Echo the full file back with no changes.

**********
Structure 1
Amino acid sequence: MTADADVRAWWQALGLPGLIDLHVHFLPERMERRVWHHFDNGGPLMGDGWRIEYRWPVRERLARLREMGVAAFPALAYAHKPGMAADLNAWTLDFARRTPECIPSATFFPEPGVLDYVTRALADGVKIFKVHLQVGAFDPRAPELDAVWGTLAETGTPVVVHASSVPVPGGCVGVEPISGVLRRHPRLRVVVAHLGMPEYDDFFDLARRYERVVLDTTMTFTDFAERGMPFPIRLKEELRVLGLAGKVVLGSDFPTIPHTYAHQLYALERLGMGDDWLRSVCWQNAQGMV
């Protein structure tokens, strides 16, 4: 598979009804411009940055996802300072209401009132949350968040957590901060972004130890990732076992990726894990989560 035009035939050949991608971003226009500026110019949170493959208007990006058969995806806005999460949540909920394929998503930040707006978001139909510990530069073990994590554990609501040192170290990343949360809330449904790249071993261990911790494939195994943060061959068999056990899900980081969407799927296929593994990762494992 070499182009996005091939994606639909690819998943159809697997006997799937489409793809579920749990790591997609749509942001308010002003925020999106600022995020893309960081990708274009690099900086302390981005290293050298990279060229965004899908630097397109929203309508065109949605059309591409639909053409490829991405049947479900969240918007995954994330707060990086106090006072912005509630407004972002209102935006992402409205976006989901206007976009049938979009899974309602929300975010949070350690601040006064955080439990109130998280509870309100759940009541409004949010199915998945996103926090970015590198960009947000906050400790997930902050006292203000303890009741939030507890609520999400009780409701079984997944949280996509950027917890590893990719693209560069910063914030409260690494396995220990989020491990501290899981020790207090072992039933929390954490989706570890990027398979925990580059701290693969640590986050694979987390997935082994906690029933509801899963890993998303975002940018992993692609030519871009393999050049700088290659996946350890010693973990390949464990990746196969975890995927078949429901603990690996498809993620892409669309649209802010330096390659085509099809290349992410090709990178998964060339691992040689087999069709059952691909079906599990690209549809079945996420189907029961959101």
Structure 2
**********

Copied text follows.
Structure 1
Amino acid sequence: MTADADVRAWWQALGLPGLIDLHVHFLPERMERRVWHHFDNGGPLMGDGWRIEYRWPVRERLARLREMGVAAFPALAYAHKPGMAADLNAWTLDFARRTPECIPSATFFPEPGVLDYVTRALADGVKIFKVHLQVGAFDPRAPELDAVWGTLAETGTPVVVHASSVPVPGGCVGVEPISGVLRRHPRLRVVVAHLGMPEYDDFFDLARRYERVVLDTTMTFTDFAERGMPFPIRLKEELRVLGLAGKVVLGSDFPTIPHTYAHQLYALERLGMGDDWLRSVCWQNAQGMV
């Protein structure tokens, strides 16, 4: 598979009804411009940055996802300072209401009132949350968040957590901060972004130890990732076992990726894990989560 035009035939050949991608971003226009500026110019949170493959208007990006058969995806806005999460949540909920394929998503930040707006978001139909510990530069073990994590554990609501040192170290990343949360809330449904790249071993261990911790494939195994943060061959068999056990899900980081969407799927296929593994990762494992 070499182009996005091939994606639909690819998943159809697997006997799937489409793809579920749990790591997609749509942001308010002003925020999106600022995020893309960081990708274009690099900086302390981005290293050298990279060229965004899908630097397109929203309508065109949605059309591409639909053409490829991405049947479900969240918007995954994330707060990086106090006072912005509630407004972002209102935006992402409205976006989901206007976009049938979009899974309602929300975010949070350690601040006064955080439990109130998280509870309100759940009541409004949010199915998945996103926090970015590198960009947000906050400790997930902050006292203000303890009741939030507890609520999400009780409701079984997944949280996509950027917890590893990719693209560069910063914030409260690494396995220990989020491990501290899981020790207090072992039933929390954490989706570890990027398979925990580059701290693969640590986050694979987390997935082994906690029933509801899963890993998303975002940018992993692609030519871009393999050049700088290659996946350890010693973990390949464990990746196969975890995927078949429901603990690996498809993620892409669309649209802010330096390659085509099809290349992410090709990178998964060339691992040689087999069709059952691909079906599990690209549809079945996420189907029961959101």
Structure 2